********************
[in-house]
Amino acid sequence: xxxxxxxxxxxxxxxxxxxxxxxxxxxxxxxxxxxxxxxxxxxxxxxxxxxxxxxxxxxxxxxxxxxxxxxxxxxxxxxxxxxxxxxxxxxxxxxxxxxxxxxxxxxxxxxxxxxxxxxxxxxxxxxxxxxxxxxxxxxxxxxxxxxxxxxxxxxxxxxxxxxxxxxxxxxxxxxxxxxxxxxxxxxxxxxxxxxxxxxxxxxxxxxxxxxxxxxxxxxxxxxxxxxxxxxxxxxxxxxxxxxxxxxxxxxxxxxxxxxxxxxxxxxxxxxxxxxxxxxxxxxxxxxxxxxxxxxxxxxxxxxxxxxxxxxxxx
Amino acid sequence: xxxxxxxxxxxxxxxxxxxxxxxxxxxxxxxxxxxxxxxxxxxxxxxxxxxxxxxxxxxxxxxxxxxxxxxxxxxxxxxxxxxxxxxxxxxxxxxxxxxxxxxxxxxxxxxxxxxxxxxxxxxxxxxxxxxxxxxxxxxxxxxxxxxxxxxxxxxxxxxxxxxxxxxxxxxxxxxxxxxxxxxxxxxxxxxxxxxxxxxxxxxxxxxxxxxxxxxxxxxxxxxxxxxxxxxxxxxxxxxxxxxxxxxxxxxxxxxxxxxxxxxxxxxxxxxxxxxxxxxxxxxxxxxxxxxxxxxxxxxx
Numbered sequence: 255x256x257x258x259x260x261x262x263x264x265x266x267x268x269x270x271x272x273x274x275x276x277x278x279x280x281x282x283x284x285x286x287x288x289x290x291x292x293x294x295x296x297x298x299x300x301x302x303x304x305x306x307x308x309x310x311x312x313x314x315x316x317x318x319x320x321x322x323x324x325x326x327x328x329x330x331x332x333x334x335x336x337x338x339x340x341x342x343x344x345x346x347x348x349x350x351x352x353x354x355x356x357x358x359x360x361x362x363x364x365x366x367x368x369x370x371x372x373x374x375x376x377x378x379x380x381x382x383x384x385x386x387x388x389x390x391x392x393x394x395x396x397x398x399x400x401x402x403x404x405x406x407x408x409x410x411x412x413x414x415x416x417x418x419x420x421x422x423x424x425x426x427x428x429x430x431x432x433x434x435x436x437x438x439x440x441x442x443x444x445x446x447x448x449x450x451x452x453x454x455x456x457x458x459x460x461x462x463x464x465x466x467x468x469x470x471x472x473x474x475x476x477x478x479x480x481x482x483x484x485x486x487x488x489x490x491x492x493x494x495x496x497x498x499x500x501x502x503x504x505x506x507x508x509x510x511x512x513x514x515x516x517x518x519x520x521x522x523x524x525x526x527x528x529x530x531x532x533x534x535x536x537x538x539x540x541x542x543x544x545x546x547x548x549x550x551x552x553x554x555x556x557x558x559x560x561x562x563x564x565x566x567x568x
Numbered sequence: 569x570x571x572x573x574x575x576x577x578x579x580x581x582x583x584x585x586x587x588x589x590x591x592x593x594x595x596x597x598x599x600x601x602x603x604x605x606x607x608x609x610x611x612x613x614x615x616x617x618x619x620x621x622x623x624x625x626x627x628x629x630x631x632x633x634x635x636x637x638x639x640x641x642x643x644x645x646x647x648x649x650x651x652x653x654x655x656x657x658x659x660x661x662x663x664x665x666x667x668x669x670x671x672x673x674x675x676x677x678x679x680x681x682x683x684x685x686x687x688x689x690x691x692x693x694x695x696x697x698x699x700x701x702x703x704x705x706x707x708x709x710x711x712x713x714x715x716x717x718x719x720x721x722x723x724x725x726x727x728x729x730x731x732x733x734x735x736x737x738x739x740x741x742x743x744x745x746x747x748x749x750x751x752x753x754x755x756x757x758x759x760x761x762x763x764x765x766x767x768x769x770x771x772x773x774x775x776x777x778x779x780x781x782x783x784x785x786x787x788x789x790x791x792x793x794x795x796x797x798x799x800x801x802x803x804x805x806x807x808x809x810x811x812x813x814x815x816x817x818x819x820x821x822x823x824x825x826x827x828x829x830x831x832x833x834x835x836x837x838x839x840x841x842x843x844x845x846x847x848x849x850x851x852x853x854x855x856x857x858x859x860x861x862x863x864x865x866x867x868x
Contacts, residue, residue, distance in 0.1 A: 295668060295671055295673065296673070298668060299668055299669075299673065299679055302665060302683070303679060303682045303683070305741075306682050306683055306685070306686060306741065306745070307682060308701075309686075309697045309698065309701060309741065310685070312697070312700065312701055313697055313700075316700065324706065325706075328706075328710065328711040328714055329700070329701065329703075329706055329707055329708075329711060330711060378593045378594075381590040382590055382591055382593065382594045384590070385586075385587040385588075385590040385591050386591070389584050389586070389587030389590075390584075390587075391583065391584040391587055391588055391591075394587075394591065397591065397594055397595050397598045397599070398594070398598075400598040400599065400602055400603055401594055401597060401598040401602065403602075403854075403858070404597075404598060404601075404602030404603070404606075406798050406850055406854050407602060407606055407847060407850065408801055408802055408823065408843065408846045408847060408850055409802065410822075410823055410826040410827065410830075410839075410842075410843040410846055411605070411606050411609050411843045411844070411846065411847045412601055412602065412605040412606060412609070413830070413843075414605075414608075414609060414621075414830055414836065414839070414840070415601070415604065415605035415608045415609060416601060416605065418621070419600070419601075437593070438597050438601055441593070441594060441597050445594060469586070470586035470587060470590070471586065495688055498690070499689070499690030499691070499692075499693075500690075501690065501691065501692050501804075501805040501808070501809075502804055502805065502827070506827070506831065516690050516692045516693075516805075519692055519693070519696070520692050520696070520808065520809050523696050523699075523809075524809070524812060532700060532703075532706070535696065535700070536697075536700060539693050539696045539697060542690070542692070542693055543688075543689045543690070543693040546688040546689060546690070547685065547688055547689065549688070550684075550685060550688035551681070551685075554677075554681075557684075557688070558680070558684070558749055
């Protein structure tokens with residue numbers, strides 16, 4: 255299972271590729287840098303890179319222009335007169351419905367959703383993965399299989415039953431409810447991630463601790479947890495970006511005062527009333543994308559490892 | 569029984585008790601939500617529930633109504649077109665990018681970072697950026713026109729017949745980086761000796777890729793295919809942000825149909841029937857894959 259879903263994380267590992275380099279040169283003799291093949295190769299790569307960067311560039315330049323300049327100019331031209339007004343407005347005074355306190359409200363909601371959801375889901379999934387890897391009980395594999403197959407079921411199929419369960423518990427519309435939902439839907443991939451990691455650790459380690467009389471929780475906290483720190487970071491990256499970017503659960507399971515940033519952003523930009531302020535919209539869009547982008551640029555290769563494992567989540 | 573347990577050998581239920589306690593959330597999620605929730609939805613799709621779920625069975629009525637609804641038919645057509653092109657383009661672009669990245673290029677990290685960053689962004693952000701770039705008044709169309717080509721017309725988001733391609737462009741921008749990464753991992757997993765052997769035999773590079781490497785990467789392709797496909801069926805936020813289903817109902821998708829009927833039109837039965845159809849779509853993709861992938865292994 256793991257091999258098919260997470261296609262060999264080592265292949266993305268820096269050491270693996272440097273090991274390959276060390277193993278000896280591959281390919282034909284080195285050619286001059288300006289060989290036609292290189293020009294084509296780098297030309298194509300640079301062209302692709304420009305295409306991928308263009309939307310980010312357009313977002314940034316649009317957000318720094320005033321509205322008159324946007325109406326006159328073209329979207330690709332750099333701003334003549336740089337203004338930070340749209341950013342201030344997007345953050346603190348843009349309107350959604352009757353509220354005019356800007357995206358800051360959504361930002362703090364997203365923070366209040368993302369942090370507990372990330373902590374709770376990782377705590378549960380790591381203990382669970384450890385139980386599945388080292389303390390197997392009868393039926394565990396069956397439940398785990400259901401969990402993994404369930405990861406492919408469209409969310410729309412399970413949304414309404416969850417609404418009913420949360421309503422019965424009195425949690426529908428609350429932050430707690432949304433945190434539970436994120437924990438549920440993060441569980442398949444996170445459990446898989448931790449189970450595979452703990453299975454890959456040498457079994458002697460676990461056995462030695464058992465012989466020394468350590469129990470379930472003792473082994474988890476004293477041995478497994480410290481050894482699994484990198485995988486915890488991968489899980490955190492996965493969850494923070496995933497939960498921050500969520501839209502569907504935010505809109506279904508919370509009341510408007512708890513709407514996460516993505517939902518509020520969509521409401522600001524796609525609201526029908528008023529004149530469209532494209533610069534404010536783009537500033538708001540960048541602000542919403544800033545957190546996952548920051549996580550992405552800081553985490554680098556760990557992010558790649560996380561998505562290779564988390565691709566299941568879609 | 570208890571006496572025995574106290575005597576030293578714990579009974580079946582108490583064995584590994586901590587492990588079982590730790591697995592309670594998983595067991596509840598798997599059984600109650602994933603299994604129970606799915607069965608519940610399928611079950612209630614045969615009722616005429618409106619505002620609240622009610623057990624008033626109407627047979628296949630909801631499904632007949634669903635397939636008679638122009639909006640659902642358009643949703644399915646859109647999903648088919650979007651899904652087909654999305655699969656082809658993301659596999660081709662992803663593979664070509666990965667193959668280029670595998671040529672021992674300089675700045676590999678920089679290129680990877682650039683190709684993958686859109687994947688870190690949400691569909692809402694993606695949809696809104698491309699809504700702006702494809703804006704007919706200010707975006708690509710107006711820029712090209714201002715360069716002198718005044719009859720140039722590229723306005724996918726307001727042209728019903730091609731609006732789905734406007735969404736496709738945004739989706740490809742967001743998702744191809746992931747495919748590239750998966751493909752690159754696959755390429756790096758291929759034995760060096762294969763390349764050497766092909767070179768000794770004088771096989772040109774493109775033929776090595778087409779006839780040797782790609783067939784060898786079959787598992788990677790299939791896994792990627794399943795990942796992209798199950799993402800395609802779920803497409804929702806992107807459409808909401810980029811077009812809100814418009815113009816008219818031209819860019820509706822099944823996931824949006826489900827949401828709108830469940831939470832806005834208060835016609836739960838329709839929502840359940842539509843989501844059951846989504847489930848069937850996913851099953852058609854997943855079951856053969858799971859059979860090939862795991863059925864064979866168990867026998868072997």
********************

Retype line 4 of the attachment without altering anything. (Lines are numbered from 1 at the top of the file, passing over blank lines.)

Numbered sequence: 255x256x257x258x259x260x261x262x263x264x265x266x267x268x269x270x271x272x273x274x275x276x277x278x279x280x281x282x283x284x285x286x287x288x289x290x291x292x293x294x295x296x297x298x299x300x301x302x303x304x305x306x307x308x309x310x311x312x313x314x315x316x317x318x319x320x321x322x323x324x325x326x327x328x329x330x331x332x333x334x335x336x337x338x339x340x341x342x343x344x345x346x347x348x349x350x351x352x353x354x355x356x357x358x359x360x361x362x363x364x365x366x367x368x369x370x371x372x373x374x375x376x377x378x379x380x381x382x383x384x385x386x387x388x389x390x391x392x393x394x395x396x397x398x399x400x401x402x403x404x405x406x407x408x409x410x411x412x413x414x415x416x417x418x419x420x421x422x423x424x425x426x427x428x429x430x431x432x433x434x435x436x437x438x439x440x441x442x443x444x445x446x447x448x449x450x451x452x453x454x455x456x457x458x459x460x461x462x463x464x465x466x467x468x469x470x471x472x473x474x475x476x477x478x479x480x481x482x483x484x485x486x487x488x489x490x491x492x493x494x495x496x497x498x499x500x501x502x503x504x505x506x507x508x509x510x511x512x513x514x515x516x517x518x519x520x521x522x523x524x525x526x527x528x529x530x531x532x533x534x535x536x537x538x539x540x541x542x543x544x545x546x547x548x549x550x551x552x553x554x555x556x557x558x559x560x561x562x563x564x565x566x567x568x